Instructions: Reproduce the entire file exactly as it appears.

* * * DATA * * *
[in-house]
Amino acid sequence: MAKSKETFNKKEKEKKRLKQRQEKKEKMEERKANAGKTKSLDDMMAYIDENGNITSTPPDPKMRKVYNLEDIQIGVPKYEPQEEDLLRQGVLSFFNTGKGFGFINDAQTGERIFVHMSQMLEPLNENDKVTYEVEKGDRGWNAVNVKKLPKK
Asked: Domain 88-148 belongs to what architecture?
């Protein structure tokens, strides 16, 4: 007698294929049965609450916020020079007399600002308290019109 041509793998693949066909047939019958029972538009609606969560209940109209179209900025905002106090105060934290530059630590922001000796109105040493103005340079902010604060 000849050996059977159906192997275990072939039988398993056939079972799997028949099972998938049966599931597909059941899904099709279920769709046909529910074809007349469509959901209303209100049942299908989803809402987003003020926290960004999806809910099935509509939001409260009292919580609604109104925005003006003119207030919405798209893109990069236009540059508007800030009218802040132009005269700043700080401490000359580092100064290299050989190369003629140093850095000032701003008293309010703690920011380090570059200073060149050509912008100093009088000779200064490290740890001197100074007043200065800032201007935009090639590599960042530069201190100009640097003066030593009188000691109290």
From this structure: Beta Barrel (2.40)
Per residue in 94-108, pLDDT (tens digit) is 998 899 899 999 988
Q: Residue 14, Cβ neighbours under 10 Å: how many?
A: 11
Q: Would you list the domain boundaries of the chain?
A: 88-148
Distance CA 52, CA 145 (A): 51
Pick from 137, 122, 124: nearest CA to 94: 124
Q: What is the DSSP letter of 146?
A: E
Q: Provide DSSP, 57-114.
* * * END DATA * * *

[in-house]
Amino acid sequence: MAKSKETFNKKEKEKKRLKQRQEKKEKMEERKANAGKTKSLDDMMAYIDENGNITSTPPDPKMRKVYNLEDIQIGVPKYEPQEEDLLRQGVLSFFNTGKGFGFINDAQTGERIFVHMSQMLEPLNENDKVTYEVEKGDRGWNAVNVKKLPKK
Asked: Domain 88-148 belongs to what architecture?
């Protein structure tokens, strides 16, 4: 007698294929049965609450916020020079007399600002308290019109 041509793998693949066909047939019958029972538009609606969560209940109209179209900025905002106090105060934290530059630590922001000796109105040493103005340079902010604060 000849050996059977159906192997275990072939039988398993056939079972799997028949099972998938049966599931597909059941899904099709279920769709046909529910074809007349469509959901209303209100049942299908989803809402987003003020926290960004999806809910099935509509939001409260009292919580609604109104925005003006003119207030919405798209893109990069236009540059508007800030009218802040132009005269700043700080401490000359580092100064290299050989190369003629140093850095000032701003008293309010703690920011380090570059200073060149050509912008100093009088000779200064490290740890001197100074007043200065800032201007935009090639590599960042530069201190100009640097003066030593009188000691109290």
From this structure: Beta Barrel (2.40)
Per residue in 94-108, pLDDT (tens digit) is 998 899 899 999 988
Q: Residue 14, Cβ neighbours under 10 Å: how many?
A: 11
Q: Would you list the domain boundaries of the chain?
A: 88-148
Distance CA 52, CA 145 (A): 51
Pick from 137, 122, 124: nearest CA to 94: 124
Q: What is the DSSP letter of 146?
A: E
Q: Provide DSSP, 57-114.